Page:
HSC 120029 applies to any communicable disease, not just HIV. It is necessary to retain this in state law, to maintain clout to control the future spread of Ebola virus, deadly new strains of influenza, SARS, and future emerging contagious diseases.


The wording in SB 239 substituting for existing law fails to provide a disincentive to irresponsible, willful or negligent behavior that endangers unknowingly exposed persons to any communicable disease. As a result, it subjects the state to significant financial liability.

Let us take HIV not as the sole infection, but as an example. The bill removes all deterrents to reckless and unsafe behavior exposing others to HIV.  Some additional cases of HIV infection are bound to result, and each one carries an estimated lifetime cost for persons who become HIV infected at age 35 is $326,500 (60% for antiretroviral medications, 15% for other medications, 25% non-drug costs). For individuals who remain uninfected but at high risk for infection, the discounted lifetime cost estimate is $96,700. (Reference: Med Care. 2015 Apr; 53(4): 293–301, full text readable online at For younger patients, the costs are greater because they live longer with the virus; for untreated patients who develop AIDS and require hospitalization, the cost can be millions.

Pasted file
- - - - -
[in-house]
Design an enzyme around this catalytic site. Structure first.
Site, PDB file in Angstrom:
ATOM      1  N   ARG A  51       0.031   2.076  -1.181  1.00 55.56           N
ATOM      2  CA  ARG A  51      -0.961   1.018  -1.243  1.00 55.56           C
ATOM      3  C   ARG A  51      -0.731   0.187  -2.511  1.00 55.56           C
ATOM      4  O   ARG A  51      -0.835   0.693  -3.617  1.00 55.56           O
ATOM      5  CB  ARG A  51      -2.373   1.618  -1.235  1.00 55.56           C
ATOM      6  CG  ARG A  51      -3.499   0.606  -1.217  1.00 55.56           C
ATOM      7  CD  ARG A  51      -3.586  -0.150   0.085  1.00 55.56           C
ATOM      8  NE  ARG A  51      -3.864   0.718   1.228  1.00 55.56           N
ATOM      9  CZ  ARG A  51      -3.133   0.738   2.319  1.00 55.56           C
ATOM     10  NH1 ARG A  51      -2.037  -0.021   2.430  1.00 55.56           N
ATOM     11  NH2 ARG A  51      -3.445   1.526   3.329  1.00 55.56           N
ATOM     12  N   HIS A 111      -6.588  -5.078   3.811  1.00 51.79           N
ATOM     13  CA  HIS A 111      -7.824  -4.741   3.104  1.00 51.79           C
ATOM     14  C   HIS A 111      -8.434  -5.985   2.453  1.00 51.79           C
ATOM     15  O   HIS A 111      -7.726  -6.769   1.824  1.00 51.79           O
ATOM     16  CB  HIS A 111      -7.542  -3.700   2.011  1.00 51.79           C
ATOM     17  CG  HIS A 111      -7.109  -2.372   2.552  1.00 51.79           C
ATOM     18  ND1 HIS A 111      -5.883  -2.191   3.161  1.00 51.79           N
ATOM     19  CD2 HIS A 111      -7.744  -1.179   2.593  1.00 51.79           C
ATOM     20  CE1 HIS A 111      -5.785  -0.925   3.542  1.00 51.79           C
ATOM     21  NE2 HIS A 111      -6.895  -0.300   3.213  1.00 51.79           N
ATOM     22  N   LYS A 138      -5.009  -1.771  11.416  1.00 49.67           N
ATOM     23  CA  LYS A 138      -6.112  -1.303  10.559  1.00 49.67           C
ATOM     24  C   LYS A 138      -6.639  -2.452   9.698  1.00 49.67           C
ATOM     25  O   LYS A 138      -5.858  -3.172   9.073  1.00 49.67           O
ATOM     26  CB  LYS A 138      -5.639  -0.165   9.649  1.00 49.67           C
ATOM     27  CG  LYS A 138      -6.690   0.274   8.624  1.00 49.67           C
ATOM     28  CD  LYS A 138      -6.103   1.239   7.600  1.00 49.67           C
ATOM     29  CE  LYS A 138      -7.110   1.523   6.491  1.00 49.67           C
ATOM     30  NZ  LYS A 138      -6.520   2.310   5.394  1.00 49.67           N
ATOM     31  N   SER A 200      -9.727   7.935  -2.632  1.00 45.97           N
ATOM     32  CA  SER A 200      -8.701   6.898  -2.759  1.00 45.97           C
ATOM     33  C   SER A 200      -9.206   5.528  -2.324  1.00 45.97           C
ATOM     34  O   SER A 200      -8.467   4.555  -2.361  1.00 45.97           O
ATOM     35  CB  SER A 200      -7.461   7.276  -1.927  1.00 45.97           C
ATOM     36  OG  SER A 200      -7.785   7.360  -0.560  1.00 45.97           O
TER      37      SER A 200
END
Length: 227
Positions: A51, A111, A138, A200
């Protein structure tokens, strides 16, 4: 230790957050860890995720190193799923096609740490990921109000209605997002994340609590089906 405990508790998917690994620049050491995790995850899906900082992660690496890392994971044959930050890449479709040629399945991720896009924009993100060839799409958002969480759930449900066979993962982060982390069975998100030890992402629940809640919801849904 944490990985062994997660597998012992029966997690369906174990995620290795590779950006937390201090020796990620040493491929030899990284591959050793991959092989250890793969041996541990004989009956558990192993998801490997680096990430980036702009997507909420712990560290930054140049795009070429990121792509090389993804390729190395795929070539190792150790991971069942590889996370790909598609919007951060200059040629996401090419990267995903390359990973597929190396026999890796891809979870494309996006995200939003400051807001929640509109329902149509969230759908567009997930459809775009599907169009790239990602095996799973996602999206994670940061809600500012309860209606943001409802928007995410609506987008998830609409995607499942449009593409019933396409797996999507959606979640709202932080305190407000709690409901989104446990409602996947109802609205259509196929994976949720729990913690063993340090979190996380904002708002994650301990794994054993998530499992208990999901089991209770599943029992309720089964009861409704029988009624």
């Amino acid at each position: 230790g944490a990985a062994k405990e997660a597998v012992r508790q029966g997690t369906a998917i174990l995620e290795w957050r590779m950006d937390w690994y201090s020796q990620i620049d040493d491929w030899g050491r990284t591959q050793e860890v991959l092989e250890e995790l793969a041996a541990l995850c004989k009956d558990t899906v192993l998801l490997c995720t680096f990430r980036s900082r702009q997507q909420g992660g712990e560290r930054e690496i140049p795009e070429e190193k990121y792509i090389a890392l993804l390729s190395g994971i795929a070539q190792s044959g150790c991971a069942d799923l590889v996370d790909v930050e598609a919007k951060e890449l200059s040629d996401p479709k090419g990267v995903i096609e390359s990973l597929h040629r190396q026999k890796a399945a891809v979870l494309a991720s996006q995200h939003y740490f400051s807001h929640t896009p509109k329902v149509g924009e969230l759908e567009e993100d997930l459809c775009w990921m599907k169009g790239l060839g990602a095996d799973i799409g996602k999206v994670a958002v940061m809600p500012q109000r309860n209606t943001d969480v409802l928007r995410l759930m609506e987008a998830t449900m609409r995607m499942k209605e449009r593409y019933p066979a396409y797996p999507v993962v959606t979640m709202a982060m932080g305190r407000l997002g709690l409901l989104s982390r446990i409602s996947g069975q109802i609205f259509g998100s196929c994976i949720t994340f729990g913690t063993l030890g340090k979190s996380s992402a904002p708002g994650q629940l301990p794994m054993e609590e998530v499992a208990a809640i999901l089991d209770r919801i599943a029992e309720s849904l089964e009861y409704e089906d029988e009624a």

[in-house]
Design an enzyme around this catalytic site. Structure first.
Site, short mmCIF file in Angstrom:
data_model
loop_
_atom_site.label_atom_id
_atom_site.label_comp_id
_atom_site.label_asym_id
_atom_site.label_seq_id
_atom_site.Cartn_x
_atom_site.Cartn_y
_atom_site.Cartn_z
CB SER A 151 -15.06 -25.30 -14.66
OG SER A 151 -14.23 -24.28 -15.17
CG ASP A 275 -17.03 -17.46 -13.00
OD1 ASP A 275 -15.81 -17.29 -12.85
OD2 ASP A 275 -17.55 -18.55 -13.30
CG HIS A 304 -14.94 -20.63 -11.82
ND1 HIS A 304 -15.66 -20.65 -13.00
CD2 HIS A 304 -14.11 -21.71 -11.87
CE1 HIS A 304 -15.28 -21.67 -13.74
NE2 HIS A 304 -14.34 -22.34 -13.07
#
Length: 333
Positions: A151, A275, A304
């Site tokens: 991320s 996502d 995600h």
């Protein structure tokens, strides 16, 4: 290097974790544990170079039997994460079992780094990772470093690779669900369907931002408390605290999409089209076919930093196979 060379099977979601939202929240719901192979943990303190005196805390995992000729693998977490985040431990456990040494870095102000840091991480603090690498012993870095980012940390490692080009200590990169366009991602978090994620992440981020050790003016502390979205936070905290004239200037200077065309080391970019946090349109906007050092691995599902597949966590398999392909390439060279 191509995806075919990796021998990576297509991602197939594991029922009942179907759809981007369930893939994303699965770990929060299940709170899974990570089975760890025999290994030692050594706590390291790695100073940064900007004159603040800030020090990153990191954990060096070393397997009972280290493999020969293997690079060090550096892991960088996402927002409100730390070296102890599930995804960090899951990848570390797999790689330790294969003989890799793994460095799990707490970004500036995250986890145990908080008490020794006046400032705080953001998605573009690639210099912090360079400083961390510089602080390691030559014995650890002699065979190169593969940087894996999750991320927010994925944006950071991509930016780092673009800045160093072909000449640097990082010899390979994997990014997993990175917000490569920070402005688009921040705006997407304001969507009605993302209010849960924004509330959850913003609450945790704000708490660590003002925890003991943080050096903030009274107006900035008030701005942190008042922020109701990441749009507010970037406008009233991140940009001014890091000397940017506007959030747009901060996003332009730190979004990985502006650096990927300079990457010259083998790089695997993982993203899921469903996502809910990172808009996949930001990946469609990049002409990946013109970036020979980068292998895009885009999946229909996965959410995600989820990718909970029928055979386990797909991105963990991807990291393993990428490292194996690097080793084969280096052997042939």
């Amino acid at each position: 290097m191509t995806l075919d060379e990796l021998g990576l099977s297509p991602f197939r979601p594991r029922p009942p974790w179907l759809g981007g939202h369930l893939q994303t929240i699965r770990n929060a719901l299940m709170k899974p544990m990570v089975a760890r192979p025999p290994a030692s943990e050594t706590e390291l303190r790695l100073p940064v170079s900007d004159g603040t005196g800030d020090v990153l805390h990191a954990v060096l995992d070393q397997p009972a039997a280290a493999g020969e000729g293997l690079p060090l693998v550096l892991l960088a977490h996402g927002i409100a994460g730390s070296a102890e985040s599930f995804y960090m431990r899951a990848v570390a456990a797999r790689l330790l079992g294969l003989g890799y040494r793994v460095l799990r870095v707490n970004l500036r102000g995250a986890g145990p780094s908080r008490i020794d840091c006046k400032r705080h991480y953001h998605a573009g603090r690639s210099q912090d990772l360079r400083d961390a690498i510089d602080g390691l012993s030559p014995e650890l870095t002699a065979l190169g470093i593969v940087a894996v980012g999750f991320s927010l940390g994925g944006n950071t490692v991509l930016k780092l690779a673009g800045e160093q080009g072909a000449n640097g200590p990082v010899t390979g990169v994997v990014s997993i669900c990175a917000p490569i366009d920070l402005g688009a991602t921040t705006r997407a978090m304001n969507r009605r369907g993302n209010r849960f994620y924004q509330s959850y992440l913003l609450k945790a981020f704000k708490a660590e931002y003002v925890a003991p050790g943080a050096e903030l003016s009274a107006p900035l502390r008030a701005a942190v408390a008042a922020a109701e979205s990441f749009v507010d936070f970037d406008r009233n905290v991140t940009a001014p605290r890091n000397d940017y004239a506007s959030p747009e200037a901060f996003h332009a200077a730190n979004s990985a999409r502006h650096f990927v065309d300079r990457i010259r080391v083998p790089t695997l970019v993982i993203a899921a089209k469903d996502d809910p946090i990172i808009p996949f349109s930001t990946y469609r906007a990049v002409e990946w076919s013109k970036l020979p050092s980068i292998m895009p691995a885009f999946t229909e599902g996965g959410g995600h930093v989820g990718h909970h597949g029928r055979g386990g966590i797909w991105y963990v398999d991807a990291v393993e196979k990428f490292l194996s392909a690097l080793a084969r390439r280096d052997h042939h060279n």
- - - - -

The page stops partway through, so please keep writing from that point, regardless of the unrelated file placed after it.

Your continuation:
For each patient on regular Medi-Cal, 50% of this cost will be borne by the state. For expanded Medi-Cal, state costs are currently less, but will greatly increase if any Republican health reform legislation is passed. In addition to direct state costs, the county hospitals will be taxed with huge expenses for HIV treatment of uninsured patients.

The state is also fully responsible for 100% of treatment costs for incarcerated persons in state prisons and in state hospitals, who are particularly likely to willfully expose others to HIV or another communicable disease, unless there is a deterrent penalty such as an extension of incarceration.

In addition, public health data show that each person infected by a person not deterred by the weakened law will, on average, spread the infection to others. The current transmission rate is 5%/year, with an average life expectancy of over 20 years, so the epidemic will tend to get worse and worse as a result of this bill. (Reference: Public Health Rep. 2010 May-Jun; 125(3): 372–376, full text readable online at Of course, each new case will incur the same treatment costs as above, multiplying the expense to the state and the danger to the public.